The potential of group process

A few times a year I fly to Phoenix to staff large group seminars that last three or four days and involve intensive group interaction, sharing personal experiences, and individual and group feedback. Quoting from an invitation:

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“The seminar involves risk-taking, emotional investment and expanding your comfort zone. It is all part of a process that has been developed and fine-tuned over a number of years. We know it works; we also know the more you contribute, the more you will gain from it. We hope that you recognize mixed emotions and feelings are a part of the process which, when acknowledged and examined, yield tremendous rewards including greater focus and clarity about your goals, new choices for your personal and professional life, and closer more intimate relationships.”

I’ve staffed almost twenty of these events over the last seven years. Typically there are around sixty participants, and I lead a group of six or seven people. I won’t have met the people in my staff group before and, most likely, will never meet them again.

By the end of our time together, the people in my group know more about the other members than most people know about their closest friends. And, more important, everyone has received valuable information about themselves from their group members and from their responses to what happens during the event. This all happens in a safe and supportive environment. Most people find their experience profoundly moving, sometimes life-changing.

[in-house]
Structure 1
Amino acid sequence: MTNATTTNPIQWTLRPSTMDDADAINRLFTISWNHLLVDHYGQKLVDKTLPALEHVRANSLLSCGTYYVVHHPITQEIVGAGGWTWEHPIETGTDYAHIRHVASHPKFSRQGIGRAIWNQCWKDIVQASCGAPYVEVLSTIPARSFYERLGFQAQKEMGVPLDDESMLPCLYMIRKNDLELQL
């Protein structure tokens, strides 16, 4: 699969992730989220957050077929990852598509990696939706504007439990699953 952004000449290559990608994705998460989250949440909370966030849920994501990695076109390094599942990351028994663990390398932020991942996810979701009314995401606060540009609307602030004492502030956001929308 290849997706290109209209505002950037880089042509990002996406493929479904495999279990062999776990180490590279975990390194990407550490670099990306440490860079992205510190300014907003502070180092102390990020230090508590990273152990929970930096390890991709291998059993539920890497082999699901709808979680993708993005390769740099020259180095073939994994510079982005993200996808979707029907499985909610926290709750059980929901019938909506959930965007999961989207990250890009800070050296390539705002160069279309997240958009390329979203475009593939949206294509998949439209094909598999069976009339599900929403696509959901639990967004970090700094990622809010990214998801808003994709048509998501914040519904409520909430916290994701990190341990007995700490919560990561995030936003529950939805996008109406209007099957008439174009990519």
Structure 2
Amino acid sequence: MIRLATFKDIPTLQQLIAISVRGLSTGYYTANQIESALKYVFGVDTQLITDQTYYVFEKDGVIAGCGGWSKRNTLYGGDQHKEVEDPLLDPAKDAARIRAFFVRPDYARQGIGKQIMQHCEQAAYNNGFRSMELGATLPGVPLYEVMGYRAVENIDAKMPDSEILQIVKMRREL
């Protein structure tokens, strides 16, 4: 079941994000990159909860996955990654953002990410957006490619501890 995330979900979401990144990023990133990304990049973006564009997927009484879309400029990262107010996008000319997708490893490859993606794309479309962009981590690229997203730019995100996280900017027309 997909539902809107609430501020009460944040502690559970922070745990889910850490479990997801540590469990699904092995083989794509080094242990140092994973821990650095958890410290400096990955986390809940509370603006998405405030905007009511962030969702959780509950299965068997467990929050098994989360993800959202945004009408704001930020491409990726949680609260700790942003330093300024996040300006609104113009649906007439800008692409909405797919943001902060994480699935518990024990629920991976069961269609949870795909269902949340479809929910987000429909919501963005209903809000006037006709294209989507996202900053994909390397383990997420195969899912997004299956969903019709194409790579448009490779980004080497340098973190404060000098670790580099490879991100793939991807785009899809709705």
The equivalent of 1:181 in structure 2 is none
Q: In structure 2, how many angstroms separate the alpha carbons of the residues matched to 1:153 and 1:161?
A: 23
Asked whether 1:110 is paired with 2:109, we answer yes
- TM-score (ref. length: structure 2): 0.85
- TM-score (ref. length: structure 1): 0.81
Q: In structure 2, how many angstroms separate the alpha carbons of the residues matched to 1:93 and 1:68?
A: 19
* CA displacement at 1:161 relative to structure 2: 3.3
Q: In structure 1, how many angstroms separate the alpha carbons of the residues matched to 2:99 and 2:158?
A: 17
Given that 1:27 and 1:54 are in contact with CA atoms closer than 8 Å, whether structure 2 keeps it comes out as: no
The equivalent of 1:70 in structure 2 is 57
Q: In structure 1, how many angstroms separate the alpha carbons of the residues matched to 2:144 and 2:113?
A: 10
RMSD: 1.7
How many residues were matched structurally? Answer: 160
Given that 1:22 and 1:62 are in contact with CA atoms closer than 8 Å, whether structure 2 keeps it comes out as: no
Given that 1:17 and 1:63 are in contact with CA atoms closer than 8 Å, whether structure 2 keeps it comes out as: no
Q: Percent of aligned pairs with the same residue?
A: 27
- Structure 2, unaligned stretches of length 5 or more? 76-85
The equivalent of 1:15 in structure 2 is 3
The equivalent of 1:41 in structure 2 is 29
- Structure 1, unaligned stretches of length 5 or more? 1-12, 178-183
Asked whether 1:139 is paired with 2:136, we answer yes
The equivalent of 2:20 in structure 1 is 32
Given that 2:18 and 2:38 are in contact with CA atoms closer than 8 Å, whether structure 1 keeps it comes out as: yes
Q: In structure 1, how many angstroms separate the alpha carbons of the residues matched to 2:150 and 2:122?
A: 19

You might be interested in, skeptical, or dismissive of what I’ve just described. That’s not the point. What’s important is my repeated observation that most of us have the potential to quickly develop intimate, powerful connections with others at group events. What must we do for this to occur? At a minimum we must offer 1) a safe environment, and 2) permission and support to step a little outside what we’ve been taught (albeit for good reasons) about what can happen when we meet people.

No, Conferences That Work aren’t large group seminars that launch participants on a voyage of self-discovery. They are gentle, joyful events where people learn, share, and connect safely around a topic of common interest. But my knowledge, gained from those Phoenix seminars, of what’s possible when people get together drives everything I do.

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